Agnelli opens up about Juventus, European League and Premier League dominance
Former Juventus president Andrea Agnelli opens up about what transpired in the last seasons he was in charge of the club.
Having spent 13 years as the president of Juventus, where he managed to bring back the Old Lady to the summit of Italian and European football, Andrea Agnelli has a lot to say about his experiences at the club.
Agnelli resigned from his position atJuventus
amidst investigations into their financial dealings. Juventus was hit with 15-point deduction ban shortly after his resignation.
One of the key players who was in charge of the European Super League idea, Agnelli still believes in the competition.
“UEFA’s monopoly must be broken in order to give clubs a financially stable future. A future in which clubs do not fall if they do not qualify once for European competitions. This is a problem for any club.” Agnelli said.
“With such uncertainty, it’s not possible as a club to make long-term sustainable and sound decisions. That is why I am in favour of a league system in top European football, with more financial and sporting opportunities for everyone.”
Agnelli worked closely with UEFA president Aleksander Ceferin prior to the forming of the Super League. He spoke about how there were plans to change the format of the Champions League but Ceferin caved in the last minute.
“In 2019 we were ready, Aleksander and I. The top clubs from all ECA sub-divisions (then around 130 European professional clubs, ed.) had agreed on a new format.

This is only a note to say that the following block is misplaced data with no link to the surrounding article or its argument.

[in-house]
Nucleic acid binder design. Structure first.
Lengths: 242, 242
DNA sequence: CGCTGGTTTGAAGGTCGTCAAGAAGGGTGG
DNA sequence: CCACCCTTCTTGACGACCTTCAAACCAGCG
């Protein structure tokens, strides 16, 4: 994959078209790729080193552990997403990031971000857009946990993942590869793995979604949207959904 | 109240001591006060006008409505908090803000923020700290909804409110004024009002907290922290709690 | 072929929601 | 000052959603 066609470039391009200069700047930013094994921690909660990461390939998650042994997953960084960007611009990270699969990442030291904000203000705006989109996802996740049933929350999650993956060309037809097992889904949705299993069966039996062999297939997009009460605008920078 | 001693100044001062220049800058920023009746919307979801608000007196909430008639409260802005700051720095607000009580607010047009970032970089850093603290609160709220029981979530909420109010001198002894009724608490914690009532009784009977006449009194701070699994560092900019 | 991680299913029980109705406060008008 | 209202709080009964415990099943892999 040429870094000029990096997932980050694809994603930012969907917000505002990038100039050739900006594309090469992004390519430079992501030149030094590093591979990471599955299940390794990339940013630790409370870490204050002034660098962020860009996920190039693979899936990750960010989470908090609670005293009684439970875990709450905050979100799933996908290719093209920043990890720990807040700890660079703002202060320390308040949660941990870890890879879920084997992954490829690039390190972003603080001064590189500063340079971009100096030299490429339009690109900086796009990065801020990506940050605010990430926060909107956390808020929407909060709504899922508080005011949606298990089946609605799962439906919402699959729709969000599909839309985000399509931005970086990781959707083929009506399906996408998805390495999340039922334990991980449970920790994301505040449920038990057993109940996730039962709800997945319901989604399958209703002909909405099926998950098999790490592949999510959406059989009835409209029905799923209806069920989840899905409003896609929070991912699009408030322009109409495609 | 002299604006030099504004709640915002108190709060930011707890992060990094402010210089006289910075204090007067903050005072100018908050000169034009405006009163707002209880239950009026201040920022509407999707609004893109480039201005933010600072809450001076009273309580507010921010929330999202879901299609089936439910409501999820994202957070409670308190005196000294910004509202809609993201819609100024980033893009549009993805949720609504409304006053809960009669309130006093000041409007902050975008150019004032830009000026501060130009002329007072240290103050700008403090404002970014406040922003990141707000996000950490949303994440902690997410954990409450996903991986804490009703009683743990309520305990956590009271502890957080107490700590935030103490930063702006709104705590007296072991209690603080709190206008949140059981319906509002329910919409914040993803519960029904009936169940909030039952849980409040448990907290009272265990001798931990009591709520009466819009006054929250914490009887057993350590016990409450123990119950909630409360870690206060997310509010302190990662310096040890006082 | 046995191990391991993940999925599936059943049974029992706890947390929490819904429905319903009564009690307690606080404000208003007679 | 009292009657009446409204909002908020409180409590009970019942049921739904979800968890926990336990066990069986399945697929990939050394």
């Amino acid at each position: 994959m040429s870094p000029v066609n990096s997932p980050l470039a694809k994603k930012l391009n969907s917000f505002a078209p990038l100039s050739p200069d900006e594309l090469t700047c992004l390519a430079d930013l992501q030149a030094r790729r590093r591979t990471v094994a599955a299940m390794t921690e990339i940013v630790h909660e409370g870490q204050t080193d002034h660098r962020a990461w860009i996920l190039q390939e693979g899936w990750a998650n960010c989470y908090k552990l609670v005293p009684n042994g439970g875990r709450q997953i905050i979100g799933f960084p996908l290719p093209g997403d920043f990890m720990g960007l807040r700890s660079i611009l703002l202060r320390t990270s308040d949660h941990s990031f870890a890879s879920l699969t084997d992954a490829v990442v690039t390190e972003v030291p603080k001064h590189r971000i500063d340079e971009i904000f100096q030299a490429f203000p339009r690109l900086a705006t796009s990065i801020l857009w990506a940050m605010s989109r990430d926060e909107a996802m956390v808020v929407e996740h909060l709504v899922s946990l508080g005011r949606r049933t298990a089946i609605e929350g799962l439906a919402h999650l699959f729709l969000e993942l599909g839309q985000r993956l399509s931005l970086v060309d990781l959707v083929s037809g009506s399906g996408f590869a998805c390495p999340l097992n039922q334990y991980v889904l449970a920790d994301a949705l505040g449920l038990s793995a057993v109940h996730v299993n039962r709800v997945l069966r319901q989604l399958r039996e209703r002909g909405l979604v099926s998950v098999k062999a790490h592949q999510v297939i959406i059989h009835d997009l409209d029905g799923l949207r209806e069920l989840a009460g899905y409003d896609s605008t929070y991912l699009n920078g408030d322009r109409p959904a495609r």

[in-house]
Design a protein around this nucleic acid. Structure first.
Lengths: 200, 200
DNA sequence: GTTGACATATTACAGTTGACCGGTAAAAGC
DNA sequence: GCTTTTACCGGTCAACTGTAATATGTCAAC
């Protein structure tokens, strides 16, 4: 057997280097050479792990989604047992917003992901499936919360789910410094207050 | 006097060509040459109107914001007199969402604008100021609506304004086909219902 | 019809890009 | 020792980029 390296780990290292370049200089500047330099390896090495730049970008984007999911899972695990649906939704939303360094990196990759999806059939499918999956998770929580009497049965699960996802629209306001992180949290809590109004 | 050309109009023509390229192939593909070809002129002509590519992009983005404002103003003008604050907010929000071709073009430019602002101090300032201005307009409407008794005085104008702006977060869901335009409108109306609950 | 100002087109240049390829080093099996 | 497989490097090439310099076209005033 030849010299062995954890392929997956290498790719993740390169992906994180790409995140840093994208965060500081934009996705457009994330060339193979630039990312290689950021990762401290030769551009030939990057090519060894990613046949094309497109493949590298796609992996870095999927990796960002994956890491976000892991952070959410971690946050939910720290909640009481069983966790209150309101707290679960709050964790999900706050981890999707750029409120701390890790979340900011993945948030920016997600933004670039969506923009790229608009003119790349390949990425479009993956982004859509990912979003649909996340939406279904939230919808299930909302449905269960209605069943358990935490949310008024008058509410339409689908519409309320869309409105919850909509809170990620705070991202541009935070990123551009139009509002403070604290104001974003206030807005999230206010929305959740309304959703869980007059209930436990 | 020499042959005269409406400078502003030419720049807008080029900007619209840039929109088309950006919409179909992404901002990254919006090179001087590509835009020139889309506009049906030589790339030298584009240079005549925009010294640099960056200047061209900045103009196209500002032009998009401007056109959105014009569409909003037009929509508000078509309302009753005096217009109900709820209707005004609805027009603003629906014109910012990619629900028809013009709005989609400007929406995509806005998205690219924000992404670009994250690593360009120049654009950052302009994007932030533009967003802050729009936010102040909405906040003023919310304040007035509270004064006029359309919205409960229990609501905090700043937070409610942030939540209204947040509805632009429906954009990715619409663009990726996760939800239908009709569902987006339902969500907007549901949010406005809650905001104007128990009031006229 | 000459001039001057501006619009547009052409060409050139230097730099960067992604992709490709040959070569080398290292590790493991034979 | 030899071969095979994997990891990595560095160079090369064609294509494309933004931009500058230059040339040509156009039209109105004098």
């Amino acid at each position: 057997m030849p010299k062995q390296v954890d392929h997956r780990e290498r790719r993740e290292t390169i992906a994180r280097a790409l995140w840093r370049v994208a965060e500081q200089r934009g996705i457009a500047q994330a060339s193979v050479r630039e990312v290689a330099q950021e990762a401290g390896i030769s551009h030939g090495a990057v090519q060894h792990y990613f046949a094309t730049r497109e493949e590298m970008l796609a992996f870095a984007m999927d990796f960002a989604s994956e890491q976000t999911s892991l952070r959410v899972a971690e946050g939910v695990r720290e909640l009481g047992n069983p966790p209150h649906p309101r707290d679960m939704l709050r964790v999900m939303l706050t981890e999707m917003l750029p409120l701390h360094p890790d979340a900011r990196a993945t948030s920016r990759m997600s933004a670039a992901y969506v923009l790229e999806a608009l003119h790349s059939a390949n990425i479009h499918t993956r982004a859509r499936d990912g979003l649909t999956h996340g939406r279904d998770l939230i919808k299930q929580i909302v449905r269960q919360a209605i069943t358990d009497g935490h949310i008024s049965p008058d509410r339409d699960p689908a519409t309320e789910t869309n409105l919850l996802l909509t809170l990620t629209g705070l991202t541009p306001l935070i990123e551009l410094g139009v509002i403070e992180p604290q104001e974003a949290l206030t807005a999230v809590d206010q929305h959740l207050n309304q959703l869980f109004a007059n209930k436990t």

“The medium-sized clubs in the big leagues, the managers of the big leagues and some national associations saw the new format as a threat and so Ceferin withdrew. When UEFA decided to block the project, plans emerged from outside UEFA to organise a new league with all the clubs in the ECA.
“Whether the project gets off the ground will depend on the European Court of Justice. Internally it was a war that I could not win.
“Although I know that the current system does not offer a future to Ajax, Anderlecht, Celtic, Benfica, Panathinaikos and Red Star Belgrade. So you don’t stand still, but take other paths to what you want to do for European club football.”
Then opened up about how English dominance is threatening the European football in general.
“The Premier League collects about €4 billion euros per year, Spain about half, Germany €1.5 billion and the Netherlands €100m. English dominance also threatens European football.
“In the Champions League, starting with the quarter-finals, it is all about English clubs and three or four others such as Real Madrid, FC Barcelona, PSG and Bayern Munich, with an occasional outsider like Ajax in 2019.
“The Premier League uses the parachute system for this purpose. Relegated clubs receive financial compensation for a number of years.”
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